Weed growing inside toilet pipe

An individual posting to the forums on HouseRepairTalk.com reports recurring problems with a strange and motivated plant that takes root under their toilet and grows into the drain pipe. From the forum:
 Albums O52 Infectious Sense House Pottyweed1-23 Over the past few months, the toilet would drain slowly. We plunged, we snaked, we blew out the clean-out drain with a blow bag - everything. We called a plumber, who used an auger to go down the drain and pulled out some large clumps of gunk... and also told us to replace our wax ring - that it might be old. The toilet flushed for about 24 hours, but when it began to slow again, we went and got the wax ring replacement. Upon removing the toilet to replace the wax ring, there it was AGAIN! This time - more than twice as long!
"The Potty Weed - HELP!!" (Thanks, Tara McGinley!)


  1. Oh, a weed! I thought you meant…never mind.

    Anyway, this sounds like a good premise for a horror movie, or at least a Stephen King short story.

  2. The soil line to the septic tank, or city sewer, depending on your locale, is likely perforated, allowing roots from outside to grow into the pipe. I am pretty sure that this is where this stuff is coming from. Grows really fast with our super chemical-infused fertilizer!

    1. Anon@2: Um, no. Municipal sanitary sewer leads and mains, by design, are decidedly not perforated. The pipe to the septic system is not perforated, either. Why? Because those pipes are carrying the potential environmental disaster known as human excrement.

      The only sewage system pipes that are purposely perforated are the drainage pipes off the header in a septic drain field, which is downstream of the last septic tank.

  3. I would do everything within my mortal power to not let that thing touch my bare skin. Some weed’s been filtering out your poop and pee water and you’re just holding it with your fingers? Dayum, that’s nasty.

  4. It looks like it could be milfoil, which is a huge problem in lakes. It’s why in some lakes you can’t launch a boat that has been in another lake recently, it’s pretty contagious. Toiletweed, however, is sick.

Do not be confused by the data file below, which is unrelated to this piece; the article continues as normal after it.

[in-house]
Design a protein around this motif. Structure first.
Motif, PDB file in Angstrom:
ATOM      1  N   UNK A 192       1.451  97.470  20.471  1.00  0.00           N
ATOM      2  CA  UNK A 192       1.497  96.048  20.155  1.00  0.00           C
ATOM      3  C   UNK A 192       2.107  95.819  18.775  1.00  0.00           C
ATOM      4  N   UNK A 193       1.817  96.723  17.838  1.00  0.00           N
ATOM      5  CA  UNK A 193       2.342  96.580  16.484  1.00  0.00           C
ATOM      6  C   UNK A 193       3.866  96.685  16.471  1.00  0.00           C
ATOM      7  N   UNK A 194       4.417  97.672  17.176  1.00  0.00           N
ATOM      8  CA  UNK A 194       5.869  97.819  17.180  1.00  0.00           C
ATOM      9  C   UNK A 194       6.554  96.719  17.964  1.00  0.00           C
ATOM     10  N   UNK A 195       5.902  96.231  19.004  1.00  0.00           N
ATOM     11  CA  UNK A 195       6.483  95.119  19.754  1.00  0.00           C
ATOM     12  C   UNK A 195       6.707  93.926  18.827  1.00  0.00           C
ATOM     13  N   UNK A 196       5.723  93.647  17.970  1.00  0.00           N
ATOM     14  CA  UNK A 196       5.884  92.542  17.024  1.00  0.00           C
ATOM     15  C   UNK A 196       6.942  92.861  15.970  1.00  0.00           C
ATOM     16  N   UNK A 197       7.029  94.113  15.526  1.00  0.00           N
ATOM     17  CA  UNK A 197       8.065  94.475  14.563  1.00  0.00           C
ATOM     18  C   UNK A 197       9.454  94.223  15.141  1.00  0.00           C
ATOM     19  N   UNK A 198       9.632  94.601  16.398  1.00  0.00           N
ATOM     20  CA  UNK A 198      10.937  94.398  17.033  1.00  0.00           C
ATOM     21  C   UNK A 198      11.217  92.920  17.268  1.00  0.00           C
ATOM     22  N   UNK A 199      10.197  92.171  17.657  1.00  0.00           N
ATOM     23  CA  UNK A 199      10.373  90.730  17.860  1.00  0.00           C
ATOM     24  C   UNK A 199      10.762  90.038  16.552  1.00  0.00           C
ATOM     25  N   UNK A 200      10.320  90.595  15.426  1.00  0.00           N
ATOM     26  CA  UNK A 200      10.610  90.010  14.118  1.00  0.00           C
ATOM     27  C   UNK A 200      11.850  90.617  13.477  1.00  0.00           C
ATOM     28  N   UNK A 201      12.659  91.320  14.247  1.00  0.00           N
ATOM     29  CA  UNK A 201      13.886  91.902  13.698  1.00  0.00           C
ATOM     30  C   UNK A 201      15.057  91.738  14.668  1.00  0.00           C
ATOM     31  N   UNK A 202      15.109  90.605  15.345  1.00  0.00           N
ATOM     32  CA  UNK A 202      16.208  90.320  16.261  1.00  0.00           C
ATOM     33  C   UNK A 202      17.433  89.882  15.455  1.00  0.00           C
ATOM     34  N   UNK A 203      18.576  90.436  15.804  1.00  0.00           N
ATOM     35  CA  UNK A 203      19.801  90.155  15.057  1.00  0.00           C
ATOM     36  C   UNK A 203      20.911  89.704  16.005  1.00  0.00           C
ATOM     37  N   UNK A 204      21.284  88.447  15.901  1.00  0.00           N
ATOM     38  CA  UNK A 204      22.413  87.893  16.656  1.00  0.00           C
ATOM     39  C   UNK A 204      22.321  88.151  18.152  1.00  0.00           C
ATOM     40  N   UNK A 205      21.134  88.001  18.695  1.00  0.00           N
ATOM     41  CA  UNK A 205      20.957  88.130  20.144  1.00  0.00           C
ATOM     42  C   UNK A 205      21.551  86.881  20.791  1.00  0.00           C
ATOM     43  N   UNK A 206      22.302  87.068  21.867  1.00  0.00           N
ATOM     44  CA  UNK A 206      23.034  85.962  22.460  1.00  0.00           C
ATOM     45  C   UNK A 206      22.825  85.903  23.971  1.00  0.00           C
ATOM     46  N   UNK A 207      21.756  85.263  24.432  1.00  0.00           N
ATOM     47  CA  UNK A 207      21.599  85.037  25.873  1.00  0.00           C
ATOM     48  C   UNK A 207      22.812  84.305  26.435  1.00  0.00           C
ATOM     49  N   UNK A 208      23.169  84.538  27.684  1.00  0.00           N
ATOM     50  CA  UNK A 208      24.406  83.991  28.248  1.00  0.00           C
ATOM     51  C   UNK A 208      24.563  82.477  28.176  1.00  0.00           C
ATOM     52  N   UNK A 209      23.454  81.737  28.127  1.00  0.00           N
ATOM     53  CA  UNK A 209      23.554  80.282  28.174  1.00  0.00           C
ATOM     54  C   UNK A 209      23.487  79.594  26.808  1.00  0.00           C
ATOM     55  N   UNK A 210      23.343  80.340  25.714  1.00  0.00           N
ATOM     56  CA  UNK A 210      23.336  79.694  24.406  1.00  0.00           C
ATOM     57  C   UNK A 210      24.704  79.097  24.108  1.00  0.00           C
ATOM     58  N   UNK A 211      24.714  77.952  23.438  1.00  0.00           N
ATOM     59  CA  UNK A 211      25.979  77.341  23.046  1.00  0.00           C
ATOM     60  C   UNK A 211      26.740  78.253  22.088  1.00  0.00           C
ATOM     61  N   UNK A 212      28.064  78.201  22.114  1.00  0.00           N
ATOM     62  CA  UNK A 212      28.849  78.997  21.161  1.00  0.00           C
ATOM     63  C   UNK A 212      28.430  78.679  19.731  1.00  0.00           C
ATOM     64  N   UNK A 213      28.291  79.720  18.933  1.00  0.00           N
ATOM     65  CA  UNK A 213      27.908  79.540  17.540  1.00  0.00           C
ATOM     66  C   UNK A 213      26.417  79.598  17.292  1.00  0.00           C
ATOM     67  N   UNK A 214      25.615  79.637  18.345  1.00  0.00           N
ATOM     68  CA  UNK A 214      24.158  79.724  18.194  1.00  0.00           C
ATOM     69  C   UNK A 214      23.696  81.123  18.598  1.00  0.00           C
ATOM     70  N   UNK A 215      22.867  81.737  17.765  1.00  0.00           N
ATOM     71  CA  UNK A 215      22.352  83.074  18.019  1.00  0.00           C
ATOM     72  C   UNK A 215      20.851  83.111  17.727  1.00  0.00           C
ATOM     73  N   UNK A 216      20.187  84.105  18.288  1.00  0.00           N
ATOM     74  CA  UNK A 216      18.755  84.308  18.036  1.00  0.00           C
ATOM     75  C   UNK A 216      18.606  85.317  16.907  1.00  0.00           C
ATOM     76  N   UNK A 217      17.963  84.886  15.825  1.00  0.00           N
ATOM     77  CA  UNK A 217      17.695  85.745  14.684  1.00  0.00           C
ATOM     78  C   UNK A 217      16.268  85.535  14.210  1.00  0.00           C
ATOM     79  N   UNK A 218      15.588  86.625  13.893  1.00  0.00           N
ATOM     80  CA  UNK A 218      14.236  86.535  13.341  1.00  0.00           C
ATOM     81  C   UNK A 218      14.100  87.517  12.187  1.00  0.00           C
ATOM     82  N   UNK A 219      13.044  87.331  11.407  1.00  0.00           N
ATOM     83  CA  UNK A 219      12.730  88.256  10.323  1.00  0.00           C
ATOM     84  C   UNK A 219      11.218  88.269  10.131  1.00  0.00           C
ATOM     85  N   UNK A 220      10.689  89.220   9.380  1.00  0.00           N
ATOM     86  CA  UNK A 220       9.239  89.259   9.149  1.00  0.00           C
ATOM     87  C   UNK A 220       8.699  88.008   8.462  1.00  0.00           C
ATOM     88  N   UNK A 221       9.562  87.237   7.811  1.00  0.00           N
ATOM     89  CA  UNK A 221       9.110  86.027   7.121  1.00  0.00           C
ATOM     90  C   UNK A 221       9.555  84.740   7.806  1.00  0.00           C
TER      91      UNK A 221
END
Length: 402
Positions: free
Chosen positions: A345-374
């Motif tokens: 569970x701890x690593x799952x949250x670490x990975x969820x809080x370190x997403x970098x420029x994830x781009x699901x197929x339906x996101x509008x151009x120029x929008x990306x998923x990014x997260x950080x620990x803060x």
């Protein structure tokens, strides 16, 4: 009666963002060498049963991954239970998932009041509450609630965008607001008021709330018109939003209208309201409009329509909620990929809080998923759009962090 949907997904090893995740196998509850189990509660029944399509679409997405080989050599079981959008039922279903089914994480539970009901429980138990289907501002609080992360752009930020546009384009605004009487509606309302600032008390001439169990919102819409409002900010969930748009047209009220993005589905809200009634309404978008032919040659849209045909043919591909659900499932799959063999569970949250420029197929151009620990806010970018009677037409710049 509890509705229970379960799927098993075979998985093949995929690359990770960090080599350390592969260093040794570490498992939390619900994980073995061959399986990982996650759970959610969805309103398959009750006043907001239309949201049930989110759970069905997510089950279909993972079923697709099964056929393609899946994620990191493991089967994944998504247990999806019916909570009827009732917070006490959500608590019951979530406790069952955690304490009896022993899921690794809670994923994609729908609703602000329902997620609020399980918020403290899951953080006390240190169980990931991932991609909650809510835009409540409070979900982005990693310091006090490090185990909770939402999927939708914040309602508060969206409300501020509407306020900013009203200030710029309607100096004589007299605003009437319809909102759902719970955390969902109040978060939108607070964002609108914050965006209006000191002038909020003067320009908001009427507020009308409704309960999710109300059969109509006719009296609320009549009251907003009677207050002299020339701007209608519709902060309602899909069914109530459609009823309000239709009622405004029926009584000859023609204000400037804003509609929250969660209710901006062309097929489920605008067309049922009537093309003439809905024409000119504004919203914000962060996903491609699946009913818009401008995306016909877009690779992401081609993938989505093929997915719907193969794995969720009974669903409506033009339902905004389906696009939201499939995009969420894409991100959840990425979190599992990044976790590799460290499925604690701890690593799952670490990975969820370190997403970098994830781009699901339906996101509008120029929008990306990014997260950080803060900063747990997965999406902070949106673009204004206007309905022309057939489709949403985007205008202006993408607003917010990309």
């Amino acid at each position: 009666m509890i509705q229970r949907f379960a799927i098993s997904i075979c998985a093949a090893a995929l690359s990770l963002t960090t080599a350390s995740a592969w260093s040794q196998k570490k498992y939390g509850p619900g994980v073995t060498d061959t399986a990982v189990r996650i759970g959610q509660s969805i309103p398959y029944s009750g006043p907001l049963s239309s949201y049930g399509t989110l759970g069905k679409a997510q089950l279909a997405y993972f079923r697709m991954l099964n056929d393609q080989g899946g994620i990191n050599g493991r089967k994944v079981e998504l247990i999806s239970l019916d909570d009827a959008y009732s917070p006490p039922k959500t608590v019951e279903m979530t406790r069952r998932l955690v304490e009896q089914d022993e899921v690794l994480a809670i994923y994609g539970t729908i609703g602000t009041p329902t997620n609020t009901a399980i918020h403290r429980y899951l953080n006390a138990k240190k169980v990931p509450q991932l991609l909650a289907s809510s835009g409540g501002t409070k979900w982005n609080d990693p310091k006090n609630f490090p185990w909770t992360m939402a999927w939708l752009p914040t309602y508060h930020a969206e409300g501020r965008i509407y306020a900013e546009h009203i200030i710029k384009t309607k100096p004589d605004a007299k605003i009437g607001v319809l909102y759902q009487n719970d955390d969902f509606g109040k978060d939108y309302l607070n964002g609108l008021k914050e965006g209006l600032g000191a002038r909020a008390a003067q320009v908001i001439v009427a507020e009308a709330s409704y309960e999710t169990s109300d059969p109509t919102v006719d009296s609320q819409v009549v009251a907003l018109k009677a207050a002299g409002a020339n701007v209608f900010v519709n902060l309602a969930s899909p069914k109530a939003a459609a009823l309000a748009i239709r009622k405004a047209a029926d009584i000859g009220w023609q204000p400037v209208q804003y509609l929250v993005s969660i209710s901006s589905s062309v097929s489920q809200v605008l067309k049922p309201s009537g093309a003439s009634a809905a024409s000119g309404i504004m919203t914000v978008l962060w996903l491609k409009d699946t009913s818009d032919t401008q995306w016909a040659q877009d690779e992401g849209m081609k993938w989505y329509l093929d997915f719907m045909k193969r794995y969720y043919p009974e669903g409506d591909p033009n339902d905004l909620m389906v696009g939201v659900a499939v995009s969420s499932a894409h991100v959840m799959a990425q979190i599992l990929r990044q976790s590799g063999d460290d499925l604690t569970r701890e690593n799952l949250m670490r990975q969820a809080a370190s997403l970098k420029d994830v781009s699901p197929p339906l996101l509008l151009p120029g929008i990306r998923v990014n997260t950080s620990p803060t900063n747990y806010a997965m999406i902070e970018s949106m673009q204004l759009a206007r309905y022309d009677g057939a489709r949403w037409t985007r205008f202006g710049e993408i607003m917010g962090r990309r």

5. Copper sulfate(possibly sold under the term “bluestone” in bulk non-chemist type locations) should show that plant the error of its ways.

  6. I’m actually sorta surprised this doesn’t happen more often; given all the … fertilizer that you run through there on a regular basis.

  7. Speaking of disgusting things sprouting up unexpectedly, what’s with that big, honkin’ McDonald’s ad on the sidebar? I nearly lost my falafel when I saw that gnarly sausage patty “snack wrap” thingy jump out at me.

  8. Because sometimes bad things happen to good people.
    And it was a ghastly, long finger coming out of the drain in the story. I believe the soloution was a hedge trimmer.

    1. was just thinking of that one, lol. The drain cleaner just caused fingernail damage, and made it angrier.

  9. Yeeeeeah… I’m gonna go ahead and ask for a unicorn chaser for that one. Until then, you’ll find my huddled in the corner with all the lights on.

  10. GAH! You had to bring up The Moving Finger! Oh god that story gave me the horrors. I used to be scared of the tub drain as a small child, and dayum if that story didn’t bring it all screaming back, and transfer it to every drain in the bathroom.

    … and now I’m having terror-flashbacks *twitch*

  11. That looks like a willow (Salix species) tree root.

    Willows are riparian, meaning they grow along streams and waterways, and have incredibly strong roots designed to seek out the merest hint of water.

    I would remove any willow within 10 feet your home as it will eventually find another microscopic leak in your sewer and crack into it.

    1. Re: anonymous who suggested willow.

      My willow trivia: A green willow twig or branch can be stuck in the ground and grow into a tree. So they likely have more regenerative capacity than average.

  12. Try selling that sucker to aquarium stores, seems like just the sort of exotic invasive they love to distribute. Grows in clorinated water full of crap, can’t be killed, needs no sunlight: perfect!

  13. Reminds me of when I was a kid … I had this pea-shooter pistol, a spring-loaded plastic gun that shot dried peas. Tons of fun in the bathtub — I absolutely loved shooting peas down the overflow drain. But my dad wasn’t so amused when he had to snake the overflow pipe and pull out a mass of pea sprouts ….

  14. That’s just what happens when you flush your stash. It’s just like when you swallow an orange seed and a tree grows in your stomach.

  15. Perforation due to rust, excess load, earthquakes, etc. is not unusual. Clay and iron are still in wide use ’round the country. Nobody is talking about intentionally perforated pipe, designed to leech fluids out on purpose.

  16. Problem is, downstream processing of sewage requires certain biota to be able to eat your sewage. So flushing all sorts of toxic crap to try and kill your invader probably isn’t the best answer.

    If you can get to the roots by lifting the toilet off the seal, then maybe a single application of herbicide such as Roundup will kill off the mother plant without sending an unacceptable quantity of poison down the sewage system. Roundup is designed to biodegrade, and a dose that will kill your invader plant isn’t likely to be very toxic after mingling with all the other sewage.